Every November 6, the Roman Catholic Church in Spain commemorates the saints martyred by the Communists during the Spanish Civil War. During the Red Terror of the 1930s, Communists killed more than 6,800 bishops, priests, monks, and religious. Yet outside Spain, their story is largely forgotten.
1931: Red Terror began before the civil war
Local elections were held on April 12, 1931. Monarchist candidatures won the overwhelming number of seats contested nationwide (40,324 city councilmen), but 41 of the 51 capitals of provinces were taken by the pro-Republic side (38 for the Republican-Socialist Coalition, with the Socialist Party as one of its members, and three for the Catalan nationalist party known as “Esquerra Republicana” – the “Republican Left” in Catalan).
The results in most province capitals were understood by the monarchists (particularly generals Dámaso Berenguer and José Sanjurjo) as a defeat. Two days later, the Republic was proclaimed, and the monarch Alfonso XIII, of the House of Bourbon, left Spain because he wanted to avoid a Civil War. Niceto Alcalá-Zamora became president.
This new political era was also the beginning of a wave of anti-clerical violence derived from laicism. On May 10, the monarchists opened a new center of political agitation in Madrid, the Círculo Monárquico Independiente (Independent Monarchist Circle), which was immediately subjected to massive riots. As a result, from May 11-13, many churches throughout the nation were burned, beginning in Madrid but expanding to cities like Seville, Cordoba, Murcia, and Malaga.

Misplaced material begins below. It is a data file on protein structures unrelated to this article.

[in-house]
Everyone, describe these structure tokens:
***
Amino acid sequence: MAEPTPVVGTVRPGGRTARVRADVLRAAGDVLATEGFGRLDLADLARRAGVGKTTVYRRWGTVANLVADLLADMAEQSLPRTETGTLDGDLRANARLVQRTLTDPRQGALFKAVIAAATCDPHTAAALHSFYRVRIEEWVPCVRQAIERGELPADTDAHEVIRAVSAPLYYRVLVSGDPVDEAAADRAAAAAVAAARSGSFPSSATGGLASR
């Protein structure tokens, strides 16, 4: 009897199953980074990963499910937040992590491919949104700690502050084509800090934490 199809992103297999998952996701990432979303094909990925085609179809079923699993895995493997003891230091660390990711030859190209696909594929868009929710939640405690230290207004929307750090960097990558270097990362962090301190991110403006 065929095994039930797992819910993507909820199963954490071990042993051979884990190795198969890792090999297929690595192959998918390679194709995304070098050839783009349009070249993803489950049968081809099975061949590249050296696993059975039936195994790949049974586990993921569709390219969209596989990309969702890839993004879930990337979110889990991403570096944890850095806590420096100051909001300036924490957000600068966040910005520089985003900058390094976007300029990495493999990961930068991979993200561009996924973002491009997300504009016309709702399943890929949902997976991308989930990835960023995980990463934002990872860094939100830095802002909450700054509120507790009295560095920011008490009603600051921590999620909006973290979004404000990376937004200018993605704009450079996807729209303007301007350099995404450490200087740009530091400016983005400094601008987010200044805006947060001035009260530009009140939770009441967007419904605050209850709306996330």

Malaga was home to one of the worst cases of “anti-clerical phenomena.” Its military governor did not intervene until midday on May 12, when he ordered the police to withdraw from the fray. In a few days, thousands of buildings – and even classical works of art from painters such as Francisco de Zurbaran and Alonso Cano – were burned.
The Communist Party organized many of these acts of arson – which the provisional government did nothing to stop. The minister of the Interior, Miguel Maura, refused to a send in the Civil Guard. The government’s views were summed up by the minister of War at that time, Manuel Azaña, who declared, “All the convents of Spain are not worth the life of one Republican.”
Anti-Christian persecution takes place only after economic resources are collectivised into the hands of secular statists.